How serious is the conflict of interest in Maruti Suzuki


Indian Market
by 5paisa Research Team Last Updated: 2022-12-09T10:47:00+05:30

You would perhaps wonder as to what is this conflict of interest with Maruti Suzuki. This is something that has been recently highlighted by the proxy advisory firm, IIAS. Now, Institutional Investor Advisory Services (IIAS) is a proxy advisor that advises shareholders on whether certain resolutions moved by the board are in sync with corporate governance standards and whether they are in the larger interest of shareholders.

In the case of Maruti Suzuki, the conflict of interest comes from a very unique structure that Suzuki enjoys in India. Suzuki of Japan is the majority shareholder in Maruti Suzuki, which is the face of the Maruti car in India.

At the same time, Suzuki also has a 100% subsidiary with its plant located in the state of Gujarat, which is a 100% subsidiary of Suzuki Motor Corporation. It is this dichotomy of ownership that IIAS has pointed out.

Let us get back to the current case. Recently, Suzuki Motors Gujarat had announced an investment of Rs.10,400 crore into electrical vehicles (EVs), which is the big trend globally and also in India.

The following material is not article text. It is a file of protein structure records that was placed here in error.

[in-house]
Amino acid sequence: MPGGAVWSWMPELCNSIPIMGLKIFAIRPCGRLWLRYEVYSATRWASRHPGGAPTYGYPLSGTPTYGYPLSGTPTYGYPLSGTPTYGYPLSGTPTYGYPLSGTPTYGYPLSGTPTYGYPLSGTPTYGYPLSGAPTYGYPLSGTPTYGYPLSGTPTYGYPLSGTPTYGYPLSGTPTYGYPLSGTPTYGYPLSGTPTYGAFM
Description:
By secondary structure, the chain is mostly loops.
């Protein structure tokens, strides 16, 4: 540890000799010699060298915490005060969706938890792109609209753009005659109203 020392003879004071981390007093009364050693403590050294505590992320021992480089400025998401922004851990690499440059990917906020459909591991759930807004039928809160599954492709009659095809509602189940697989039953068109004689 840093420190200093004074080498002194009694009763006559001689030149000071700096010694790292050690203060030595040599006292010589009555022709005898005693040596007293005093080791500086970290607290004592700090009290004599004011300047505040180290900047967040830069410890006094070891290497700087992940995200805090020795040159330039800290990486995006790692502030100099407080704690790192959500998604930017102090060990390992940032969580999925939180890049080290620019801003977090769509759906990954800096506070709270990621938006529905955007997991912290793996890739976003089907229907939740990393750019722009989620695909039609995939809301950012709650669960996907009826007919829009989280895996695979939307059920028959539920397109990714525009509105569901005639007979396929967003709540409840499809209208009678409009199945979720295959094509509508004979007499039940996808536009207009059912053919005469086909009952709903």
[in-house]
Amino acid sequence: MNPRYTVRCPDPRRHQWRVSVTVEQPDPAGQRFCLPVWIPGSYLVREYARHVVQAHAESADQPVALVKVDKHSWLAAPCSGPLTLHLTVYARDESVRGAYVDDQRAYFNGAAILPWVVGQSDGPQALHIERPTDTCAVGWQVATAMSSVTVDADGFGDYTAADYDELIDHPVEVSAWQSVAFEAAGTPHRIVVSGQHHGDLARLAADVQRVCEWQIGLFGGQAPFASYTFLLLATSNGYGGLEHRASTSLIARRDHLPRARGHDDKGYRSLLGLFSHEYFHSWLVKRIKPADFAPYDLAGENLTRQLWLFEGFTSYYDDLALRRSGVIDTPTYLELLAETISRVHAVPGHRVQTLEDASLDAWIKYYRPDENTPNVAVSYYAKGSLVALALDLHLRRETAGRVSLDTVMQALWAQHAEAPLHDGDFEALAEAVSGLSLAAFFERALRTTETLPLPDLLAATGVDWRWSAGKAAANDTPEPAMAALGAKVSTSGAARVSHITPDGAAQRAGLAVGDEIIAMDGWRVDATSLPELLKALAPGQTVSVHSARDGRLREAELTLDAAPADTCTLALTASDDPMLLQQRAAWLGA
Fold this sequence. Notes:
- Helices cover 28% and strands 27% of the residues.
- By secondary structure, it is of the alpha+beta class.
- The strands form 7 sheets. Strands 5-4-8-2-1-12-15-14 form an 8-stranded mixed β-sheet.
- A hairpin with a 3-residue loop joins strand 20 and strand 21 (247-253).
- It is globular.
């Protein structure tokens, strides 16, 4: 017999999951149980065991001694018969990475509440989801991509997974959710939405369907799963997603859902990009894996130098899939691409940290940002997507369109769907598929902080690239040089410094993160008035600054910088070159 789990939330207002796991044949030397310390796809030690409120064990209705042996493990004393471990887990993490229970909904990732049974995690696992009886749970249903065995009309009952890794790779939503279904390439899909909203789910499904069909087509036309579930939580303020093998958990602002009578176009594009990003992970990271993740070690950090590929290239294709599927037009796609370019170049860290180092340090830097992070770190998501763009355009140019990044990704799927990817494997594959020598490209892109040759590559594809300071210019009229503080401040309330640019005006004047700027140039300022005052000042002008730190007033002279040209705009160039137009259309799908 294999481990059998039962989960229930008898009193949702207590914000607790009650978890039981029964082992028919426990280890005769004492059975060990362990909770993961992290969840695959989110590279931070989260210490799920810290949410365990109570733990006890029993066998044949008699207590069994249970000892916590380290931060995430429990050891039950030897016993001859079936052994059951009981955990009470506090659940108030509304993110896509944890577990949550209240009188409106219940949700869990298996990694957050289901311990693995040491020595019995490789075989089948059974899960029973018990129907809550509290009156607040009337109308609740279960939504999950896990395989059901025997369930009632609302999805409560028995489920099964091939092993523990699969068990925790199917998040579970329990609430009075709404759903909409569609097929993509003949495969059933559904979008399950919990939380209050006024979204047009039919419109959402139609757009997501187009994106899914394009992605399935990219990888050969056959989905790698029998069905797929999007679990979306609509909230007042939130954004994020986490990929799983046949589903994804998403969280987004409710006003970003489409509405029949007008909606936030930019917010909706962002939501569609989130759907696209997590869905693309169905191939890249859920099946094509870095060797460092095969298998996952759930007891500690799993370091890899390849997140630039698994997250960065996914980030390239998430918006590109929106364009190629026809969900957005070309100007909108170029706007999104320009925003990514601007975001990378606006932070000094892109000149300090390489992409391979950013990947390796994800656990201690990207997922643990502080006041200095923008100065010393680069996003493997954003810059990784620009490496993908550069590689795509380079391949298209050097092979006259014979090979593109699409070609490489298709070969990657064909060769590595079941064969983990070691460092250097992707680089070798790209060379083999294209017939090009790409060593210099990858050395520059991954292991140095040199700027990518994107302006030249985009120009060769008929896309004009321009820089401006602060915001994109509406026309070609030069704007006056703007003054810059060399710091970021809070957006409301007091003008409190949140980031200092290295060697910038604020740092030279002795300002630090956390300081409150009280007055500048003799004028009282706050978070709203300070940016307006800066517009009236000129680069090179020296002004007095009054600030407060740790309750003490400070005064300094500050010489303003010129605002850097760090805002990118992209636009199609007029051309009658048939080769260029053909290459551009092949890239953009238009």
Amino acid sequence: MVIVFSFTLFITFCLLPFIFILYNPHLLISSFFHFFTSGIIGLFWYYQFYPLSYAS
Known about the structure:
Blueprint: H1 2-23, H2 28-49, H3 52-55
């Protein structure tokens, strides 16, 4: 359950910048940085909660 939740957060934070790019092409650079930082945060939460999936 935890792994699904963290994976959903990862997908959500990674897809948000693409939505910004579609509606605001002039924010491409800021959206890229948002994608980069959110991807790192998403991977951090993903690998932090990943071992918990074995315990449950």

This is in stark contrast to the views expressed by Mr. RC Bhargava of Maruti Suzuki, who has vehemently believed that EVs in India lack the scale to become a viable business proposition in the long run. Bhargava dismissed allegations of conflict.

IIAS, rightly so in this particular case, has raised serious questions regarding the decision of Suzuki Motor Corporation (SMC) to invest directly in the EV project. According to IIAS, the investment should ideally have happened through Maruti Suzuki India.

However, by making the investment through its 100% subsidiary, IIAS thinks that Suzuki has undermined the interests of Maruti Suzuki and its public shareholders, who are denied this diversification.

IIAS has pointed out that such conflicts of interest are normal if the same global company is allowed to have a 100% subsidiary and also a listed group company in the same market.


The recent announcement by Suzuki Motor Gujarat to invest Rs.3,100 crore to increase capacity for battery EV manufacturing and Rs.7,300 crore for construction of plant vehicle batteries is a classic example of this conflict, since Maruti Suzuki is already listed on the bourses.

Bhargava’s argument is that EVs made by Suzuki Motors Gujarat will be eventually sold by Maruti Suzuki also. However, it may not be that simple as it would be unfortunate if Suzuki Gujarat ends up side-lining Maruti Suzuki to further its own interests.

IIAS had asked shareholders to reject the establishment of Suzuki Motor plant in Gujarat, but shareholders had reject that advice and voted overwhelmingly in favour of the proposal. 

Whether Maruti Suzuki misjudged the EV market or whether it virtually allowed Suzuki to directly snatch the initiative remains to be seen. But IIAS has a point.

If Maruti shareholders lose out on the valuation game due to Suzuki Motors Gujarat, then only have themselves to blame. In the last 2 years, the stock of Maruti Suzuki has struggled as it has opted to stay away from launching EVs. The gap has been filled by others like Tata Motors.

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